April 16th, 2013

Lodro Rinzler: A Buddhist Meditation Practice for the Boston Marathon Tragedy

helliongoddess posted this on buddhistgroup

" ......Tonglen is a Tibetan word which can be translated as "sending and receiving." It is a practice where you breathe in the things that are painful or uncomfortable for others and breathe out, sending those people pleasing, soothing qualities. It is a practice that enables us to be open, vulnerable and yet offers strength within that context. I offer pith instructions below (click here for more from Shambhala acharya Pema Chodron).

1. Gap

To begin, sit in meditation for at least 10 minutes. For instructions on how to meditate, click here. When you are done, raise your gaze a bit and allow yourself to experience a brief mental gap. Allow your mind to experience its own vastness. Connect to the present moment, without an object of meditation.

2. Textures

As you return to focusing on your breath, begin to place your mind on a variety of textures. As you breathe in, imagine that you are breathing in hot, heavy energy. This may feel a bit claustrophobic, which is fine. Breathe in this weightiness, through every pore of your body. Then when you exhale, breathe out fresh, cool energy. Do this practice of breathing in and out, visualizing these textures, for a few minutes.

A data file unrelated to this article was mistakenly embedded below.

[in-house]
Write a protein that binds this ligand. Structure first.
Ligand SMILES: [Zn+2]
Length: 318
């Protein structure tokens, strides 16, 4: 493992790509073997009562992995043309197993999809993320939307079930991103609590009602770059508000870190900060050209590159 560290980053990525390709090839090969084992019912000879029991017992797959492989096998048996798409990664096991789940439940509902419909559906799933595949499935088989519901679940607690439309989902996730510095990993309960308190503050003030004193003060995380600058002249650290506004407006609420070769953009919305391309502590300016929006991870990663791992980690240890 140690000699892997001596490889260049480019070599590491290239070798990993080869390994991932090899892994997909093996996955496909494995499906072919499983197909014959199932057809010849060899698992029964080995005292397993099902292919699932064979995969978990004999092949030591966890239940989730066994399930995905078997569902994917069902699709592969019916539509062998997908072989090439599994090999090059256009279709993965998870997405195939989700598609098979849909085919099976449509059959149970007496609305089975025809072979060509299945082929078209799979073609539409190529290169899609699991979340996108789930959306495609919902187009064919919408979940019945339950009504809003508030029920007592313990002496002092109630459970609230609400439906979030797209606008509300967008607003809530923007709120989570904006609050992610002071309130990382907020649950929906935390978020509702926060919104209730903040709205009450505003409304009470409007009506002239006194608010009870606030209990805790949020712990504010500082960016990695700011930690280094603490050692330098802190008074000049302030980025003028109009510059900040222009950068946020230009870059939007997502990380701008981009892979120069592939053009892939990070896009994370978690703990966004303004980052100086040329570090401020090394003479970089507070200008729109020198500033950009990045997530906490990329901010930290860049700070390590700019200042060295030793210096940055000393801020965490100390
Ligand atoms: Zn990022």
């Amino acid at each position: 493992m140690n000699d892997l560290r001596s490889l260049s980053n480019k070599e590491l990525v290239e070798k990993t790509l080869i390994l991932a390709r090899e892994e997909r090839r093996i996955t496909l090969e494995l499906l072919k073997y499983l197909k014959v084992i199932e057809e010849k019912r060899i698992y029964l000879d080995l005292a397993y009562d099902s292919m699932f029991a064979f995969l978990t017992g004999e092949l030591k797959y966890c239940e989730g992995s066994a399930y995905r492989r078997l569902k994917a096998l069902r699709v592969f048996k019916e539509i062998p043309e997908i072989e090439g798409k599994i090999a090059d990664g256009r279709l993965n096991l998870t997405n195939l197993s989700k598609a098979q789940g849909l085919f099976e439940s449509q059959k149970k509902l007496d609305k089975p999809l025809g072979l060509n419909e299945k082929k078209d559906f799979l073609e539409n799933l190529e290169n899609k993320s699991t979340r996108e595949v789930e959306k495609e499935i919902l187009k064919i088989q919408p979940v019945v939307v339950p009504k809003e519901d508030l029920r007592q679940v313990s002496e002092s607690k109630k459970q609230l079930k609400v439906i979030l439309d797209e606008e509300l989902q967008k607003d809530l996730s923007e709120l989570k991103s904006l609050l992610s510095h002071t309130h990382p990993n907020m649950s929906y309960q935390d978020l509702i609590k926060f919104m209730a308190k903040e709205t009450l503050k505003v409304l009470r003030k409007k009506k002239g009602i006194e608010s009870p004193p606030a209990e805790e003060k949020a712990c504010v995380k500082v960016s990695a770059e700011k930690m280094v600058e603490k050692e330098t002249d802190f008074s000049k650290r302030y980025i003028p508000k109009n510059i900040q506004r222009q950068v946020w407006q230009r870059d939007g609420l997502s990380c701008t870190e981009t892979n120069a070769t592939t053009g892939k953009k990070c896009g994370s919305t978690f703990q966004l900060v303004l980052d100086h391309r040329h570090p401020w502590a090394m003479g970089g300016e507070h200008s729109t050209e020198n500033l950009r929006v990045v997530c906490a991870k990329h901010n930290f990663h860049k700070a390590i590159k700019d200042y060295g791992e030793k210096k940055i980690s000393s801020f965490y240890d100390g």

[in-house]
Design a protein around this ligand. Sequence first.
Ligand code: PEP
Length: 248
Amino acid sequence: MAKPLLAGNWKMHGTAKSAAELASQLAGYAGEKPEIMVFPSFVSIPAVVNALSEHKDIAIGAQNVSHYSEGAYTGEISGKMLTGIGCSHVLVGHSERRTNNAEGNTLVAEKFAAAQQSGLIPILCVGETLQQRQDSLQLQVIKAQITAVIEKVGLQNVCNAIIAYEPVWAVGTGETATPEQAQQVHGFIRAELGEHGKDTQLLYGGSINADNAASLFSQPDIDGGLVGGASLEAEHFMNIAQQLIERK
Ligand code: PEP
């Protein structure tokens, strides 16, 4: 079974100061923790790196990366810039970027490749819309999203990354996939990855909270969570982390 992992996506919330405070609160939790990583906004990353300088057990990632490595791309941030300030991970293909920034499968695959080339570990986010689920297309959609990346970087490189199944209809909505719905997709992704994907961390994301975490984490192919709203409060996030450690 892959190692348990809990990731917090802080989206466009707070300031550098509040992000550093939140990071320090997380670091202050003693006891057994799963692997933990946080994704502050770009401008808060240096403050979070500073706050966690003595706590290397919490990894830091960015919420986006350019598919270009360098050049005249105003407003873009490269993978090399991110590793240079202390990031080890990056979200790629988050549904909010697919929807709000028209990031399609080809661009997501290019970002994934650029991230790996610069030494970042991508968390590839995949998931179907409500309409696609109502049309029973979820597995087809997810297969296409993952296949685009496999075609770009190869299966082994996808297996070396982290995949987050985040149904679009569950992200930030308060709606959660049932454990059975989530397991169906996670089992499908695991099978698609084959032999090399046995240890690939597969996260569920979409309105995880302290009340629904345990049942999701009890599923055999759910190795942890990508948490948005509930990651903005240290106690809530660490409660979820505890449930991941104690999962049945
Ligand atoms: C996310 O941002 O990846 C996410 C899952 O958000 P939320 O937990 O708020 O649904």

3. Individuals

Having gotten the hang of the ebb and flow of connecting your breath to these textures, bring to mind an individual involved in this tragedy. It might be someone you know of, or perhaps you have only seen their photo. Try your hardest not to shut down your heart but remain open to the scenario. As you breathe in, feel as if you are breathing in their specific pain. You may breathe in fear, or physical discomfort, or grief. We may not know exactly what everyone in Boston is going through but we all know those basic experiences. You can breathe that feeling in, and breathe out a sense of calm, or relief, or spaciousness to those people. Whatever comfort you can offer in this moment, offer it on the out-breath.

4. Go Bigger

As you conclude working with a specific person or persons during your tonglen practice, you can extend your practice larger than that scenario.  For example, you can extend that aspiration of relief to every one elsee who lives in Boston and is grieving or in physical pain.  The idea is to make this practice radiate far and wide, so all beings feel a sense of comfort as a result.

It is important to start as personal as possible in this practice, before going big.  If you sit down and just contemplate how many people are in pain and attempt toglen for them you may end up having this be a theoretical exercise.  If you start with one person, even if you have only seen their picture, you have a greater chance of it becoming real and experiential.*  At the end of your tonglen practice, return to the basic meditation practice for another few minutes.  Ground yourself back in the present moment by focusing on the natural flow of your breathe, sans visualization.

Through engaging in this practice we learn to become open-hearted, without judgement......"

Lodro Rinzler: A Buddhist Meditation Practice for the Boston Marathon Tragedy